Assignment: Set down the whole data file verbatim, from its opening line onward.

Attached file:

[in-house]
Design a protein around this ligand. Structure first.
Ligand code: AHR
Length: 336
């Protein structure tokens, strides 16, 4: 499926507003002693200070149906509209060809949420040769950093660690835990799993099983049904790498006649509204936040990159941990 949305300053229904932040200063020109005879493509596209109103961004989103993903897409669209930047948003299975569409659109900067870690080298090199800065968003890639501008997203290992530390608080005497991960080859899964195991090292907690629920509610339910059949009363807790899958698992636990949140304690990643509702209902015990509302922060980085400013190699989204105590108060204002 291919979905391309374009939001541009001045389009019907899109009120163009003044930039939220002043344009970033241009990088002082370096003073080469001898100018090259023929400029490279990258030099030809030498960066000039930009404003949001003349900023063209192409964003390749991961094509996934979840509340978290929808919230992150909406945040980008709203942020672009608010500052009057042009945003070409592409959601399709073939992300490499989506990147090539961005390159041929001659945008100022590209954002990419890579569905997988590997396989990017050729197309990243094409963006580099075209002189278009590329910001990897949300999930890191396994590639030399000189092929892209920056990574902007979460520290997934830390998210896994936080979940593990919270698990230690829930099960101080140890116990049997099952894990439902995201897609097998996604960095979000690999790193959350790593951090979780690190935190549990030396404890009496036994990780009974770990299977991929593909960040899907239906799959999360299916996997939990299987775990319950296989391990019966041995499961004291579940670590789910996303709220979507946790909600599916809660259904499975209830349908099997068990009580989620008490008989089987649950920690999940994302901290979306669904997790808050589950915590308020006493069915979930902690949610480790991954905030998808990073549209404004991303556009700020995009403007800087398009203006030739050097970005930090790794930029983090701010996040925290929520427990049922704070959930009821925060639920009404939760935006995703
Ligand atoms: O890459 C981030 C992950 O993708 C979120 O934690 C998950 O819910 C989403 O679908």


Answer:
[in-house]
Design a protein around this ligand. Structure first.
Ligand code: AHR
Length: 336
């Protein structure tokens, strides 16, 4: 499926507003002693200070149906509209060809949420040769950093660690835990799993099983049904790498006649509204936040990159941990 949305300053229904932040200063020109005879493509596209109103961004989103993903897409669209930047948003299975569409659109900067870690080298090199800065968003890639501008997203290992530390608080005497991960080859899964195991090292907690629920509610339910059949009363807790899958698992636990949140304690990643509702209902015990509302922060980085400013190699989204105590108060204002 291919979905391309374009939001541009001045389009019907899109009120163009003044930039939220002043344009970033241009990088002082370096003073080469001898100018090259023929400029490279990258030099030809030498960066000039930009404003949001003349900023063209192409964003390749991961094509996934979840509340978290929808919230992150909406945040980008709203942020672009608010500052009057042009945003070409592409959601399709073939992300490499989506990147090539961005390159041929001659945008100022590209954002990419890579569905997988590997396989990017050729197309990243094409963006580099075209002189278009590329910001990897949300999930890191396994590639030399000189092929892209920056990574902007979460520290997934830390998210896994936080979940593990919270698990230690829930099960101080140890116990049997099952894990439902995201897609097998996604960095979000690999790193959350790593951090979780690190935190549990030396404890009496036994990780009974770990299977991929593909960040899907239906799959999360299916996997939990299987775990319950296989391990019966041995499961004291579940670590789910996303709220979507946790909600599916809660259904499975209830349908099997068990009580989620008490008989089987649950920690999940994302901290979306669904997790808050589950915590308020006493069915979930902690949610480790991954905030998808990073549209404004991303556009700020995009403007800087398009203006030739050097970005930090790794930029983090701010996040925290929520427990049922704070959930009821925060639920009404939760935006995703
Ligand atoms: O890459 C981030 C992950 O993708 C979120 O934690 C998950 O819910 C989403 O679908």